After all, all I ever wanted to really do was play MY way, not to just be a “hired gun” to simply be an adequate guitarist who can do whatever people tell me to do. Still, this is, no doubt, a big part of dealing with certain ends of the music industry, and if you really want to be a pro player, it’s part of learning the ropes.

It never made me falter, but I must admit, it many times was a rude awakening for sure! Of course, you have the “big shots” who want you to play what they want, and you BETTER listen and not have an attitude about it, while at the same time you have people like spoiled Long Island kids who have been given money by their parents so they can hire the best musicians and have them record in their basement! (a true occurance!) This was enormously frustrating, because you have to realize that you’re dealing with someone here who has NO idea even WHY you are so good as a player, only the fact that he wants you, and he wants you now!!! So, there I was, in this kid’s basement, playing with Rick Marotta on drums, and the great Tony Levin on bass, and we’re all looking at each other, as if to say, “what the hell are we all doing here?!”

But I guess that’s the problem….as musicians there are times when we feel like we must do anything and everything we can, first for a living, and secondly because it may be something that will further our careers ... or, as in this “not rare enough” case, for no good reason at all!!!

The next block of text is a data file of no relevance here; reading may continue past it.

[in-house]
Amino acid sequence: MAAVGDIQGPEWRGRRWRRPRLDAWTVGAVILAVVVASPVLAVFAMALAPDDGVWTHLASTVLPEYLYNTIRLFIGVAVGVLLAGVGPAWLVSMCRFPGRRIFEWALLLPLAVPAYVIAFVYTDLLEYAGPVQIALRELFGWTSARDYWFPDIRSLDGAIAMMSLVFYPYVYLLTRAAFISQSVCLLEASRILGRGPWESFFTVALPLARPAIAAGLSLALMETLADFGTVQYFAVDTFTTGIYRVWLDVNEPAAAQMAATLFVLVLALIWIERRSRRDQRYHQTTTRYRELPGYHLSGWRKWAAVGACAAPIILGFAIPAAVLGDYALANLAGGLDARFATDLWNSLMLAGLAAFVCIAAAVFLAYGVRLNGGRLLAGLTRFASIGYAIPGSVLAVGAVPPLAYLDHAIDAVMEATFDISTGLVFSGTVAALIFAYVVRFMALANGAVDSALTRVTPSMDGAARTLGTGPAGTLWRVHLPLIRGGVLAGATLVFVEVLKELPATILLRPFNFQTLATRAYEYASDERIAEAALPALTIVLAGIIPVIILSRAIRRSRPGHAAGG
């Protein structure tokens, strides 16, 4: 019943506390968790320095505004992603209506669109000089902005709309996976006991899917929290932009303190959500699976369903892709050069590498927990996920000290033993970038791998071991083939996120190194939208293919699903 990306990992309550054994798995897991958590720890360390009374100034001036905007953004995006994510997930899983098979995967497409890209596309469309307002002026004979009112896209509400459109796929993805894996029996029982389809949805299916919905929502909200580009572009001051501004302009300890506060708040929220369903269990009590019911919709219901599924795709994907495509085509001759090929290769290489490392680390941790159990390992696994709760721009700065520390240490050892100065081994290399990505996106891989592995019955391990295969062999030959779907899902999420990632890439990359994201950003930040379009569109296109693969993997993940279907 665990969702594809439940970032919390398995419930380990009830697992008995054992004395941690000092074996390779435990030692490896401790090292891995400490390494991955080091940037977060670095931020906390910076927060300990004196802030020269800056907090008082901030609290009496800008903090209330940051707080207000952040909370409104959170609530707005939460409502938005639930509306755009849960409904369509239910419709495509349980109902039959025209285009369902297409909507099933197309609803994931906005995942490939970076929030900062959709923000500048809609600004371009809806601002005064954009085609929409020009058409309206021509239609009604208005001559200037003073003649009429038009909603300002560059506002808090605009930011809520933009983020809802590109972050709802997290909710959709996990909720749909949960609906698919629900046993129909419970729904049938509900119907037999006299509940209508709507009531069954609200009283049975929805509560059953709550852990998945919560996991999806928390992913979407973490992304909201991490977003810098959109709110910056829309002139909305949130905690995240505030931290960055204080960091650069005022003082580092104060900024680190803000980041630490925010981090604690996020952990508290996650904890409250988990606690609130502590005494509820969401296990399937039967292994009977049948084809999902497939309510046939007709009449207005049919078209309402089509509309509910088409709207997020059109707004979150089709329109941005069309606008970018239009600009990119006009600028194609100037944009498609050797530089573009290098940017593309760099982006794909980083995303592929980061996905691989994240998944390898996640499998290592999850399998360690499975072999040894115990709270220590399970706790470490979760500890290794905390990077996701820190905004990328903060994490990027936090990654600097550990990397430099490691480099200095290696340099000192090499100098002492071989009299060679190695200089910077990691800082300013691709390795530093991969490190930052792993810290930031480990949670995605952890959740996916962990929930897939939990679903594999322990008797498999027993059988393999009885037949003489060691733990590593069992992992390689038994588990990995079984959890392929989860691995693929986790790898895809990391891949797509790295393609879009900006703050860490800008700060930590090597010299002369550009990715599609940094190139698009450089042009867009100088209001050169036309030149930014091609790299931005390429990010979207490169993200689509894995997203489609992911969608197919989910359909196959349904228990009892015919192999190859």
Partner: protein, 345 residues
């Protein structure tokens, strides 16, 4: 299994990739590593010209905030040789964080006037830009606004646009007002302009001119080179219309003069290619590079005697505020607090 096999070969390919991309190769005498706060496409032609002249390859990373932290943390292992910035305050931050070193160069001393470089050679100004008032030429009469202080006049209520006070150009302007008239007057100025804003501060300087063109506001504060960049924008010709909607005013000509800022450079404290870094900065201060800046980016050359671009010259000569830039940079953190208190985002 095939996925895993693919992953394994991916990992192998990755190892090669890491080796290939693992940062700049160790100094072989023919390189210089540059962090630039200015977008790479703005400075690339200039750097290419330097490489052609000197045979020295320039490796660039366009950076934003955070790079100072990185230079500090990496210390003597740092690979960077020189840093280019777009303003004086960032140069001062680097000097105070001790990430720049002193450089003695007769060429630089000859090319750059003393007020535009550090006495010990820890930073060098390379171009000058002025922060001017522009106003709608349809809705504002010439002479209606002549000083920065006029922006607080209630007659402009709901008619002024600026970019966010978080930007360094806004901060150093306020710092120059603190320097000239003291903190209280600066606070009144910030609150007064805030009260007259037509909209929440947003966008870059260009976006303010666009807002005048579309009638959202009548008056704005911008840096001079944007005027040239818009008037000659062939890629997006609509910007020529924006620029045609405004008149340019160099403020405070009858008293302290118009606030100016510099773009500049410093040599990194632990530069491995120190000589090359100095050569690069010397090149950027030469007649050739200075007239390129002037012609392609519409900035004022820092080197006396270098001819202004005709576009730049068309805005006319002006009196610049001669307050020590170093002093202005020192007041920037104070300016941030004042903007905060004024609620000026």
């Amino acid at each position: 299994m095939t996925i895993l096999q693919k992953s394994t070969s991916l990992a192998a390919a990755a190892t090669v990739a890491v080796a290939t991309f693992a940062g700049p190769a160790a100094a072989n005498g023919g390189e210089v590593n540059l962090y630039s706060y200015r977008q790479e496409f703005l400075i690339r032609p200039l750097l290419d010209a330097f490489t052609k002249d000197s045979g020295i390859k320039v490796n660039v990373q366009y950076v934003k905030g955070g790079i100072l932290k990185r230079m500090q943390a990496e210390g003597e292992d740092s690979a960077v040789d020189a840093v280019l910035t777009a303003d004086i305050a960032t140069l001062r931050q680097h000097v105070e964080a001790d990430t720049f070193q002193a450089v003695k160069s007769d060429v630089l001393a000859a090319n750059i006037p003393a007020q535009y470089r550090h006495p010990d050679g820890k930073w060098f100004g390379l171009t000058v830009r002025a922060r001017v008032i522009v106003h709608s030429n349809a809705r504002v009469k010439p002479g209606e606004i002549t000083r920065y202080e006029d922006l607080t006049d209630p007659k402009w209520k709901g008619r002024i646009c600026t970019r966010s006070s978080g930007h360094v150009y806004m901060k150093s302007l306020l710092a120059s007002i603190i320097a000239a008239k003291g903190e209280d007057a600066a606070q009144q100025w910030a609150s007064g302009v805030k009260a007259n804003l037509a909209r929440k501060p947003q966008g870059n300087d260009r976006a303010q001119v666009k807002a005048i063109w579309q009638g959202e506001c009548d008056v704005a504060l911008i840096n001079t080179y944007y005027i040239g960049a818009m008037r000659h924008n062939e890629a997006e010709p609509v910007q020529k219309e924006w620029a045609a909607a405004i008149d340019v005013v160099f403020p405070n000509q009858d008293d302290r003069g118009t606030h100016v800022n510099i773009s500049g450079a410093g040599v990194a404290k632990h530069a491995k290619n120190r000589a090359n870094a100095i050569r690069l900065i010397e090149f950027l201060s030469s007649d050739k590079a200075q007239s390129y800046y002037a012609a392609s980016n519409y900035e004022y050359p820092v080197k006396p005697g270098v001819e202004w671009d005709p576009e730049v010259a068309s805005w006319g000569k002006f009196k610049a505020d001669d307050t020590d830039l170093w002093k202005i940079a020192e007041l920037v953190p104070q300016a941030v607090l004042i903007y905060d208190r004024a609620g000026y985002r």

Beware of what gigs you take, especially when you don’t know all the details about them….they simply just may end up one day in a blog like this, with nothing else to show for it!! Still, I guess it was worth the story! See you again soon ...


Posted: 4/15/2009 4:22:33 PM with Comments | Add Comment | Email Link | Permalink

Music School Versus the School of Life

My last blog was about reading music versus not reading, and this installment will deal with that concept on an even larger scale; that of “music school versus the school of life”. Of course, in the end, it’s ALL about the “school of life”, even if music school is part of that equation…….but what I refer to here is how important the “real” learning experience is verses the one that is taught in schools.

I have always been a self-taught musician, but I also love to teach. But my way of teaching has always been to pass on the “real”, hard-earned “life learned” info that simply can’t really be passed on within a set format, as would be sometimes prescribed by a music school. I do know that in the past, when I did go to regular school, it was never so much what I learned that I remembered, but it was the teachers themselves that I remember most. This is because it is all about the teacher-student relationship that is built up over time, and there’s no question that it is the great TEACHERS that make LEARNING so valuable, and it is sometimes even one teacher alone that will make an entire school worthwhile to go to! I can clearly recall this when I applied to various schools for photography when I was going to go to college, and wanted to go to one school specifically, because two of my all-time favorite photographers were professors there. As it turned out, that was the only school out of four I applied to that turned me down, only further hastening my desire to go off into the real world of music!